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Federal Court Finds Valid Claim Against Physician Pursuant to Unfair Trade Practices Act and Consumer Protection Law

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In an opinion issued on April 18, 2012, District Judge Arthur J. Schwab of the United States District Court of the Western District of Pennsylvania ruled that a plaintiff’s claim under Pennsylvania’s Unfair Trade Practices Act and Consumer Protection Law (UTPCPL) was sufficiently pled to withstand defendant’s motion to dismiss pursuant to Federal Rule of Civil Procedure 12(b)(6).

The underlying case, Schiff v. Hurwitz, M.D., et al., involved a patient plaintiff who underwent plastic surgery at the hands of the defendant physician who maintained an office in Pittsburgh, Pennsylvania. During the initial consultation with plaintiff on April 23, 2009, defendant planned that the forthcoming surgery would be performed in two stages consisting of a “tummy tuck” and a lower body lift, respectively. However, at this time, according to plaintiff’s complaint, defendant did not discuss or document the potential risk of the device to be used in these procedures: a Radio Frequency Assisted Lipolysis (RFAL).

Almost one year later, on March 2, 2010, plaintiff presented to defendant again for placement of pre-operative markings. Again however, plaintiff alleged that the specific risks of the procedure were not discussed. The following day, defendant performed the first stage of the procedure using the RFAL device. Notably, while plaintiff was presented with an informed consent document prior to the procedure, plaintiff averred that this form was not reviewed by defendant and the risks and alternatives were not discussed. According to plaintiff’s complaint, plaintiff also happened to be unaware at this time that defendant was a paid investigator for the RFAL device, and that the device was being used for his surgery as part of a non-FDA approved clinical trial.

On March 9, 2010, approximately six days following the surgery, plaintiff began to experience pain in the areas in which the surgery had been performed. Even with prescribed medication, plaintiff alleged that the pain was uncontrollable, and that as a result of the procedure, he had been left with scarring and a residual demylinating condition.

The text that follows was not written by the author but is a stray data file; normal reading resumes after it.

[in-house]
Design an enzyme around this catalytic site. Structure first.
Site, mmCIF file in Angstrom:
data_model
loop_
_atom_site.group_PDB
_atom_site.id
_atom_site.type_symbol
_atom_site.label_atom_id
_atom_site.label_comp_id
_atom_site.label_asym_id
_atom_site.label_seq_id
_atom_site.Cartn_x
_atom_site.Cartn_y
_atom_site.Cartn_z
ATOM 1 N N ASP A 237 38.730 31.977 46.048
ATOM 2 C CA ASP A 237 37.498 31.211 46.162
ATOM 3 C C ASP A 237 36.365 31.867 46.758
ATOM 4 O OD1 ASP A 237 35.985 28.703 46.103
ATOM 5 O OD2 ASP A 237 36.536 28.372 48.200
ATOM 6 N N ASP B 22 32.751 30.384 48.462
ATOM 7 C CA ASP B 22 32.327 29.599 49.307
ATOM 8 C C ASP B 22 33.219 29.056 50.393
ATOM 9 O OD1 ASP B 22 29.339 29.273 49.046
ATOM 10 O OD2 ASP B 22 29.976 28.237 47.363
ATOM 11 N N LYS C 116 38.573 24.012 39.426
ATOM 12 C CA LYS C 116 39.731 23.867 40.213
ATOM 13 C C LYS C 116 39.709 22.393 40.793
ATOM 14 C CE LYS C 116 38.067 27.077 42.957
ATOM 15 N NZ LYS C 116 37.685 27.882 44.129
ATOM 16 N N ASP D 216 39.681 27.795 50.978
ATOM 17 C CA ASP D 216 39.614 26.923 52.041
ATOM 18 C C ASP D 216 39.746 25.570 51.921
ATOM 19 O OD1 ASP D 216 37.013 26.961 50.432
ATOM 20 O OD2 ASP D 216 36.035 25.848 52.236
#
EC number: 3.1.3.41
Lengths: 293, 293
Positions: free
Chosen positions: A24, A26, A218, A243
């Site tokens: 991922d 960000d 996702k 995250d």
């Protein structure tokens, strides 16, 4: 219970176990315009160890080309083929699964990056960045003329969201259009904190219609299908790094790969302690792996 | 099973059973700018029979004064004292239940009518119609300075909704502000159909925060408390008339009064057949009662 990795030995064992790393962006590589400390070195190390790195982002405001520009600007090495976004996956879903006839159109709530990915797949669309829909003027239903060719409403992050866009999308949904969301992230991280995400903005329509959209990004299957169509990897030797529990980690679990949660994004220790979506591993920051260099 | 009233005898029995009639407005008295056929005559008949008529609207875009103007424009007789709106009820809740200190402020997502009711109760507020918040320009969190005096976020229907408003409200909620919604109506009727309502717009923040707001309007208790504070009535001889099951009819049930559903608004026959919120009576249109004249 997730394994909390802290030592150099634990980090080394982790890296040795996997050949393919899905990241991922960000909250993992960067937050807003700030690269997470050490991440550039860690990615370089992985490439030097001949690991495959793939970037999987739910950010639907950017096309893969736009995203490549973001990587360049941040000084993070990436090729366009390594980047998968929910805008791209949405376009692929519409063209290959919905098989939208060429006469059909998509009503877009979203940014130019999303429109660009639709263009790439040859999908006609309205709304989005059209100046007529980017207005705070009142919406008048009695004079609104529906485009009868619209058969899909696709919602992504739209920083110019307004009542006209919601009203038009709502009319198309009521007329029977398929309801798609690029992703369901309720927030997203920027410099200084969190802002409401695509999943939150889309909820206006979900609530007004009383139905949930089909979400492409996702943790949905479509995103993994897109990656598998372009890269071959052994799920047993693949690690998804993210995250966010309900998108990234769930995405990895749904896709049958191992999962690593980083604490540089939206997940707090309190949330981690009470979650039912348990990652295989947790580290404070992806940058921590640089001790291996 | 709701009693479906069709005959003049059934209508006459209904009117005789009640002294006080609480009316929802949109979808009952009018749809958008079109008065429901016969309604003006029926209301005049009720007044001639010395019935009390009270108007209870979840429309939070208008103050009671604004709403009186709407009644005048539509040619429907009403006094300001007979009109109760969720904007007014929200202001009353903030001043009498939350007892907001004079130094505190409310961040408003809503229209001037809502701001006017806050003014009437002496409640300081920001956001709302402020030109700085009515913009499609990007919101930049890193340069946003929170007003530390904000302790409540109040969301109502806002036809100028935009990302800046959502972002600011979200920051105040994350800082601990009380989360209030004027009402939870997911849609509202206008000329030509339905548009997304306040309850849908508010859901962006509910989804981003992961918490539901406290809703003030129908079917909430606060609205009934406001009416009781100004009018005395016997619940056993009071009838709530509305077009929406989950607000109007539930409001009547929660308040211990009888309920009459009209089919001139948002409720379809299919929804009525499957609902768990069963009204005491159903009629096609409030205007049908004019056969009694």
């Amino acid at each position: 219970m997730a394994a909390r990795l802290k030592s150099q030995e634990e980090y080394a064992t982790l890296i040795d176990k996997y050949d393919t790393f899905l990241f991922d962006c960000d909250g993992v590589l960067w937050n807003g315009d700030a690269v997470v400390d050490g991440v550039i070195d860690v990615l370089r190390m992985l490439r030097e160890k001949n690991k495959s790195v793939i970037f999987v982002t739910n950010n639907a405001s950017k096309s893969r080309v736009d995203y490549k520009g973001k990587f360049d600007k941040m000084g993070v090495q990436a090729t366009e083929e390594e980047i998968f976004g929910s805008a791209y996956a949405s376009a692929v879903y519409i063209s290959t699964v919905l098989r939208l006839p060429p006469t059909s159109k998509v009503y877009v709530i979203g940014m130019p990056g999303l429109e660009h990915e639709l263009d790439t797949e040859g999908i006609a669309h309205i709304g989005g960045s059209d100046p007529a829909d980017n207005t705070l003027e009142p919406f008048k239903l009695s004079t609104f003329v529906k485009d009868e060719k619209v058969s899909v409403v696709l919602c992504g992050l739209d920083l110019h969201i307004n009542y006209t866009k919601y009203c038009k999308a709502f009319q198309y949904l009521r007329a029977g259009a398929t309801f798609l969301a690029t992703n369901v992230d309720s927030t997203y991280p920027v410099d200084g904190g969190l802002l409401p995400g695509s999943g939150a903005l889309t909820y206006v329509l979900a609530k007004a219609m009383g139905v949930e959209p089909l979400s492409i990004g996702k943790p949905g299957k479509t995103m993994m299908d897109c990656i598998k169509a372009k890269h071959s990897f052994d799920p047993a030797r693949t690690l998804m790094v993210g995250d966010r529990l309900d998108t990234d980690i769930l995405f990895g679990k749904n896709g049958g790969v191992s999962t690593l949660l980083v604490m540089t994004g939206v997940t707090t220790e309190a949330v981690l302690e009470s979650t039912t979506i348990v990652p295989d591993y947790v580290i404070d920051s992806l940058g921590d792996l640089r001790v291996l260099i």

On review of defendant’s motion to dismiss pursuant to F.R.C.P. 12(b)(6), the court noted that under the Federal Rules, plaintiffs bringing a claim are required only to provide “a short plain statement of the claim showing that [the plaintiff] [is] entitled to relief . . . .” Recognizing that there was no Pennsylvania Supreme Court precedent which applied the UTPCPL to plaintiff’s claims, the court nonetheless acknowledged that the UTPCPL was intended to protect the public and “eradicate unfair and deceptive business practices” by “plac[ing] consumers and sellers on equal terms.” Accordingly, under the UTPCPL, a plaintiff “must show that she justifiably relief on defendant’s wrongful conduct or representations and that [they] suffered harm as a result.”

With regard to plaintiff’s complaint, the court determined that such “deceptive conduct” was encompassed in the affiliation, connection, and association which defendant had with the RFAL device and its manufacturers, as well as plaintiff’s unawareness of the clinical trial with which he had been involved. Thus, because the complaint contained allegations that defendant had failed to warn plaintiff of the risks regarding the RFAL device, and that defendant misrepresented that the clinical trial had been FDA-approved, the court held that plaintiff had made a valid claim under the UTPCPL, and accordingly, denied defendant’s motion.


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